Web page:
More than $23 million in improvements, including classroom additions at three overcrowded elementary schools and the elimination of mobile classrooms, are targeted for several Elgin-area schools this year.
Among the big ticket items are two 10-classroom additions at Coleman and Highland elementary schools, both in Elgin, estimated to cost roughly $5 million and $4 million, respectively, and a six-classroom addition at Laurel Hill Elementary School in Hanover Park for roughly $4.6 million.
• Demolish 15 to 20 mobile classrooms by fall -- $600,000
• Upgrade wireless/cabling in 10 to 18 schools -- $1.8 million
• Lock down keys -- $2.2 million
• Security access and surveillance upgrades in 10 schools -- $500,000
• Abbott Middle School roof replacement -- $1.1 million
• Canton Middle School air conditioning/boiler replacement -- $1.8 million
• Coleman Elementary School 10-classroom addition and life safety work -- $4.9 million
• Elgin High School domestic water piping design work -- $150,000
• Highland Elementary School 10-classroom addition and life safety work -- $4 million
• Laurel Hill Elementary School six-classroom addition and life safety work -- $4.6 million
• South Elgin High School repair absorber/pumps/boiler -- $150,000
• Streamwood High School unit ventilator and piping replacement -- $1 million
• Streamwood High School repavement of student west parking lot -- $700,000
Source: Elgin Area School District U-46
Demolition of mobile classrooms, upgrading wireless capabilities, security access and surveillance, and lock down keys at several schools also top the list.
At the three schools where additions are proposed, the project costs also cover other improvements, said Jeff King, Elgin Area School District U-46 chief operations officer.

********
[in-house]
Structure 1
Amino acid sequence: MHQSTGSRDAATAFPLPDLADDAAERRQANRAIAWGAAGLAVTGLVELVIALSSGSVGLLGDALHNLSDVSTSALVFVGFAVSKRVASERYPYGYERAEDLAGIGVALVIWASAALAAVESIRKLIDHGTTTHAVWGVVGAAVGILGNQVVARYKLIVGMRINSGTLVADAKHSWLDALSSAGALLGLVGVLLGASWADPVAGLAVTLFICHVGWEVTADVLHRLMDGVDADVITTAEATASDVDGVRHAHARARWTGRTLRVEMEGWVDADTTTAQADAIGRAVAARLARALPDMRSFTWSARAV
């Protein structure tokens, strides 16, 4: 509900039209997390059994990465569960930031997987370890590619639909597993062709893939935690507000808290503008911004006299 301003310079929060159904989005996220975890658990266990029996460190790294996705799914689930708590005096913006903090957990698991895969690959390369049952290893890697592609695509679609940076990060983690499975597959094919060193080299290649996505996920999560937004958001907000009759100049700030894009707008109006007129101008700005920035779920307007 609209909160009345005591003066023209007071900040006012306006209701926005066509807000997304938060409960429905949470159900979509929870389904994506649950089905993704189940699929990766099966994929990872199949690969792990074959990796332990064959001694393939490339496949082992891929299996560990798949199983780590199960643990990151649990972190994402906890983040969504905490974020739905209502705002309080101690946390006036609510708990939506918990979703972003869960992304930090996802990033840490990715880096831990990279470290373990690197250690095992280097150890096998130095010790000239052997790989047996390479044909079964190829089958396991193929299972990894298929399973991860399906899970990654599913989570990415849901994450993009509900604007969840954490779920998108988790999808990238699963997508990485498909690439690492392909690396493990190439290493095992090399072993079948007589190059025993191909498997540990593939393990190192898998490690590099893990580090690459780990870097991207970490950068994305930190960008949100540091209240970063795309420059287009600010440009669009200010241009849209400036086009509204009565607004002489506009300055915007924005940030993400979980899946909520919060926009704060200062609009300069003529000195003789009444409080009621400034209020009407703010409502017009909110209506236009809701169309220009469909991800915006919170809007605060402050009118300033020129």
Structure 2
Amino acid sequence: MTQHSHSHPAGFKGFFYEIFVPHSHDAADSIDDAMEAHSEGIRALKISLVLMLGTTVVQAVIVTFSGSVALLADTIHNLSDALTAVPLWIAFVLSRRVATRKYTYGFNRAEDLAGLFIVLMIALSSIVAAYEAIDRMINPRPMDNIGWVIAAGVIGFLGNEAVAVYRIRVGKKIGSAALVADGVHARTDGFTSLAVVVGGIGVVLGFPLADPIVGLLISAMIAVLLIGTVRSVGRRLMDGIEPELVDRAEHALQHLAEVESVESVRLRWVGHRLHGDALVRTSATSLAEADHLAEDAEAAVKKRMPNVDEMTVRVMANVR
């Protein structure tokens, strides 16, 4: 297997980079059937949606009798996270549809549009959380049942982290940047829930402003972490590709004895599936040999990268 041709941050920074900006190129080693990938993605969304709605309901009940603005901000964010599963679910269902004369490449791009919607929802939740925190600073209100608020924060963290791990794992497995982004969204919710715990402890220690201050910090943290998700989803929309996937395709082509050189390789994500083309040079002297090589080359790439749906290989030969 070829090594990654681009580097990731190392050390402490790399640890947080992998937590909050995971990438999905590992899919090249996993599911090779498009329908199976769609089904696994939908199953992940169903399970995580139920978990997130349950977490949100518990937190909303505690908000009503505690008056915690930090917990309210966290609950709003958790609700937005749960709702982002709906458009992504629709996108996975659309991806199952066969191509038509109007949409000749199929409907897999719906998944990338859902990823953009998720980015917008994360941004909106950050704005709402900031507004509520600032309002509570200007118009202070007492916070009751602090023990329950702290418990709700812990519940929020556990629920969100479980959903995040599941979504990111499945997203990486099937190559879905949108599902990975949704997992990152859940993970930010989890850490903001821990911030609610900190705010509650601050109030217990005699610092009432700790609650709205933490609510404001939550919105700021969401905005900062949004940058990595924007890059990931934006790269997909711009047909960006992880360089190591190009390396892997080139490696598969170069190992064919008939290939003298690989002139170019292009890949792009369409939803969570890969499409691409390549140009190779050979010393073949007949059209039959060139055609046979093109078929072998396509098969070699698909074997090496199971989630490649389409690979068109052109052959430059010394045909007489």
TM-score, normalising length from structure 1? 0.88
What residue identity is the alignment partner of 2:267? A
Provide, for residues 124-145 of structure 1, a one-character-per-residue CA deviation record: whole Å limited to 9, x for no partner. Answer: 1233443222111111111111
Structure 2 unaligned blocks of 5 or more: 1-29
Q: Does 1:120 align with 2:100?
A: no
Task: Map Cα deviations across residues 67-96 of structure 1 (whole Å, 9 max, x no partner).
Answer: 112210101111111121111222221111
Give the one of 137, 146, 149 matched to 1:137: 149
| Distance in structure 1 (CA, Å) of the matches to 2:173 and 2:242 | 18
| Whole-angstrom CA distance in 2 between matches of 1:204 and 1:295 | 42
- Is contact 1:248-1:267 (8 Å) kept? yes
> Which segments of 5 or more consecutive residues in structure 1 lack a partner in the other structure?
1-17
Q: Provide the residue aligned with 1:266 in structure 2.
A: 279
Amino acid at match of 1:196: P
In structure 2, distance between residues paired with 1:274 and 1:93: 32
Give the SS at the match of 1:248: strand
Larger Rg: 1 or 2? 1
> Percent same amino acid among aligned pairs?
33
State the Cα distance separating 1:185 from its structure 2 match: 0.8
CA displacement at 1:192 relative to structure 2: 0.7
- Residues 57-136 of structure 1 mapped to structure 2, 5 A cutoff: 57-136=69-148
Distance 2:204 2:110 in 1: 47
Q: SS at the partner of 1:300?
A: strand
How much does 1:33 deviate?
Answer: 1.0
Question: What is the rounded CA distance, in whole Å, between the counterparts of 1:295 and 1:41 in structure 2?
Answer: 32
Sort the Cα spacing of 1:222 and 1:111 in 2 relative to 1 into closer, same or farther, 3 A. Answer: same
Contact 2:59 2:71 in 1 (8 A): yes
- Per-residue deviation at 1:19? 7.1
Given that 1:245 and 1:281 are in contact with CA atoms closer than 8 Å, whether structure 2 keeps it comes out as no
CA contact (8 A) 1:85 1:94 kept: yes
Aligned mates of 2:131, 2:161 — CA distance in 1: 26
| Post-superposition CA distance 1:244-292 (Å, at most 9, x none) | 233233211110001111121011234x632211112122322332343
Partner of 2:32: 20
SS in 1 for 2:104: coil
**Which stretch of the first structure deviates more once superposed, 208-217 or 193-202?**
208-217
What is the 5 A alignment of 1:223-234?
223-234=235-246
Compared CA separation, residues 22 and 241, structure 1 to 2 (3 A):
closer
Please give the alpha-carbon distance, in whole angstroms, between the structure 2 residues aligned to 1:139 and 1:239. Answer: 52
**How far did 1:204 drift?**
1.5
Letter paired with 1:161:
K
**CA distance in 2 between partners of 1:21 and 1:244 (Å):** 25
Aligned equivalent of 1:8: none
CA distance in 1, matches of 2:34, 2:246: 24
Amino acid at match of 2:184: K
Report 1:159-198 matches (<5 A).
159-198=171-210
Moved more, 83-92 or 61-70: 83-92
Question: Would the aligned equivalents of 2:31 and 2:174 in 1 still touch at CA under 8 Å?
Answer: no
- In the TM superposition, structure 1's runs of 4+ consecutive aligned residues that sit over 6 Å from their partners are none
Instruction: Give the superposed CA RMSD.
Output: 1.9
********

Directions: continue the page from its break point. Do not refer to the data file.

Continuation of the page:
For example, at Laurel Hill, the $4.6 million price tag includes needed life safety work such as replacing windows, remodeling the front entrance and main office for better security, replacing boilers, chiller, cooling tower, unit ventilators, piping and controls, installing new fire alarm and intercom systems, replacing all domestic water piping and extending the fire and sprinkler system, and repaving the hard surface play area at the school.
"A lot of this is similar at the other two locations," King told the school board earlier this week. "When you see the bid amounts that will come forward later, roughly about 60 percent of that is the addition."
Funding for these projects -- largely to come from the district's operations and maintenance and capital projects funds, and Qualified Zone Academy Bonds -- won't be determined until costs are finalized and when officials have a better idea of this year's operating budget in April, he added.
School board member Traci O'Neal Ellis questioned how many projects were shelved because officials decided not to borrow $50 million through school construction bonds.
"There were 10 projects that were part of the application that are not currently being pursued because we don't have a funding source ... six were scheduled for this year and four were scheduled for next year," King responded.
Officials are working on updating the district's 10-year life safety plan for maintaining facilities, and each year administrators develop a list of needed improvements.
"This year's list was over $60 million from the start," King said. "There is no way we can spend that kind of money so we had to whittle it down to what are the highest priority items. There are a significant number of things out there that need to be done."
King said the district should be spending between $10 million and $20 million yearly on maintaining its $5 billion in assets.
School board member Cody Holt said he couldn't support building additions when the district can't even maintain its buildings.
U-46 CEO Tony Sanders said the additions are essential to alleviating overcrowding at some Elgin and Hanover Park area schools.
"There are no solutions really in the Elgin area with the number of students that we are trying to serve without doing the building additions or replacing mobile classrooms at those sites," he said.
Without classroom additions, officials estimate having to purchase 15 new mobile classrooms in addition to replacing those in poor condition to accommodate students. The U-46 school board will consider bids for the additions later this month.